Miles Chapel CME Church
P O Box 132
Fairfield, Al 35064

Tuesday, May 8, 2018

ANGRY YOUNG MAN or “MOSES AND THE REVOLUTION”


Blogging from Exodus 2:11+

Now it came to pass in those days, when Moses was grown, that he went out to his brethren and looked at their burdens. And he saw an Egyptian beating a Hebrew, one of his brethren. So he looked this way and that way, and when he saw no one, he killed the Egyptian and hid him in the sand.(Exodus 2:11, 12)

Moses was angry.  It was a seething, simmering, suppressed rage lidded by a schooled smile, a flawless WASP accent, and the impeccable manners acquired in an Ivy League lifestyle; but Moses  had been angry for the better part of 40 years. 

If any of his high-class Egyptians peers had noticed, one of the elders would surely have accused Moses of being “ungrateful.”  After all, he’d enjoyed privilege, education, and opportunities other boys like him could only dream of.



But Moses knew too much to just “shut up and play” the game of Egyptian assimilation.  

Moses KNEW that the man he called grandfather had tried to kill him when he was a baby.  Moses KNEW that the same folks who caled him “sir,” and “your highness” would have cheerfully drowned him in the Nile without hesitation and without consequence.

In 4 decades in Pharaoh’s house, how many racist, anti-Semitic jokes do you think Moses forced himself to laugh at?  How many times did he sit through impassioned speeches about how it was acceptable for Egyptians to murder young Hebrew boys because “Look at all the Hebrew-on-Hebrew crime”?


How many family dinner guests casually quipped about wasting education on Hebrews because “All they really need is to job skills so they can make bricks faster”?

  

In 40 years, how many adopted siblings, cousins, uncles, and aunts repeated the common line,  “All those Hebrews do is live off the government in Goshen and have babies and take Egyptian jobs” and then when they noticed Moses’ awkward silence added, “but not you, Moses.  Oh no, your highness.  You’re not like THEM.  I don’t even see color when I look at you, your Highness.  You’re like a ‘real’ Egyptian.” 

Someone probably even tried to explain to Moses that the Hebrews LIKED being slaves.  “They’ve been in Egypt 400 years,” they said, “That sounds like a choice.”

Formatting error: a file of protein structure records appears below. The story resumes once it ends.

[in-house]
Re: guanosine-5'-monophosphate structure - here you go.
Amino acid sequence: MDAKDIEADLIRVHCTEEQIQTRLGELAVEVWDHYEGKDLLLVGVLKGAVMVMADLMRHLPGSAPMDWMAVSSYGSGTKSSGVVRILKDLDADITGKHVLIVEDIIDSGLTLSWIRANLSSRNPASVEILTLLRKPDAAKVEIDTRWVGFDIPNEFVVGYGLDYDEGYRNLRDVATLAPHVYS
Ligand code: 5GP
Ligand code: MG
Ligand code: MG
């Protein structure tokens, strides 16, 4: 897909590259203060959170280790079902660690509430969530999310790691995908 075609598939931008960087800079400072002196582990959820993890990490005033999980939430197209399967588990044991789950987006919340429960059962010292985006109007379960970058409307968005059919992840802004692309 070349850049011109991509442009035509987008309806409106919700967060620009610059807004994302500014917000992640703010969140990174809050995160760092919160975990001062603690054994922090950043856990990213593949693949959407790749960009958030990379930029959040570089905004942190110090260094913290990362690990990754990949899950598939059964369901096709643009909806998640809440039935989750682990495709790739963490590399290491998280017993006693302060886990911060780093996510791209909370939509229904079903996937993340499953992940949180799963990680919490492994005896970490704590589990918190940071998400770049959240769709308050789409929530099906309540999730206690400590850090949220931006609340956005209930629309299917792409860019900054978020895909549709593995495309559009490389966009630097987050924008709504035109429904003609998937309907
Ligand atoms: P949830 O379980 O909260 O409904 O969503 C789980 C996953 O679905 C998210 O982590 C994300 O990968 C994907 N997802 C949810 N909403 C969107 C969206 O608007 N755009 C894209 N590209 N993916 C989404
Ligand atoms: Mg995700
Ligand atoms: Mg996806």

For 40 years Moses heard and KNEW:  “They’re talking about my people.  They’re talking about my brother, my sister, my mama.  They’re talking about ME.”  

Yeah, Moses was angry.  But, he didn’t kill the Egyptian overseer because he was angry.  Not ONLY because he was angry.   Moses killed the Egyptian because he was angry and AMBITIOUS.

Moses supposed that his  Hebrew brethren would have understood that God would deliver them by his hand . . . (Acts 7:25).

that God would deliver them by his hand

Moses didn’t just want to kill an overseer; he wanted to Nat Turner the whole system.  Moses was trying to start a revolution.



That’s why Pharaoh ordered Moses killed.   He didn’t care about another spoiled prince’s liberal rage, and he didn’t care about a dead overseer.  The Egyptian royal family were worshipped as the descendants of the gods.   A prince of Egypt could have killed or ordered the death of a hundred lowly Egyptian overseers for any reason or for none at all.    No prince would be arrested for murder but one would have been arrested and executed for treason.


So why didn’t God support Moses when he first tried to deliver the Hebrew children from their oppressors? 

Remember what the Hebrew men asked Moses the day after the murder? 

And when he went out the second day, behold, two Hebrew men were fighting, and he said to the one who did the wrong, “Why are you striking your companion?”
Then he said, “Who made you a prince and a judge over us? . . . ”  (Exodus 2:13,14)

Who made you a prince and a judge over us? 

They knew that Moses wasn’t just angry; he was angry and ambitious.  Moses didn’t just want to be a liberator.  Moses wanted to be king. 



But the only kind of king Moses knew to be was a king like Pharaoh.



God didn’t want another pharaoh. 

So instead of endorsing Moses’ revolution by striking down the Egyptians in a string of deadly miracles, the Lord let Moses catch a case.  He  fled into the wilderness of Midian where he met a man named Reuel, aka Jethro.

Reuel (Exodus 2:16) became Moses’ father-in-law and mentor.  For the first time in his life, Moses sat under an actively engaged father figure.  He learned to be a husband and father.  He learned to know and love the God of Abraham, Isaac, and Jacob.  In Egypt Moses spent 40 years learning  to lead like a pharaoh.  In Midian, it took just as long for him to learn to serve like a shepherd (Acts 7:23; Exodus 7:7).

When God spoke to him out of a burning bush Moses had changed so much that he tried to decline the offer of leadership.

God didn’t support the revolutionary who wanted to be a king.  God called the prophet who wanted to be a shepherd.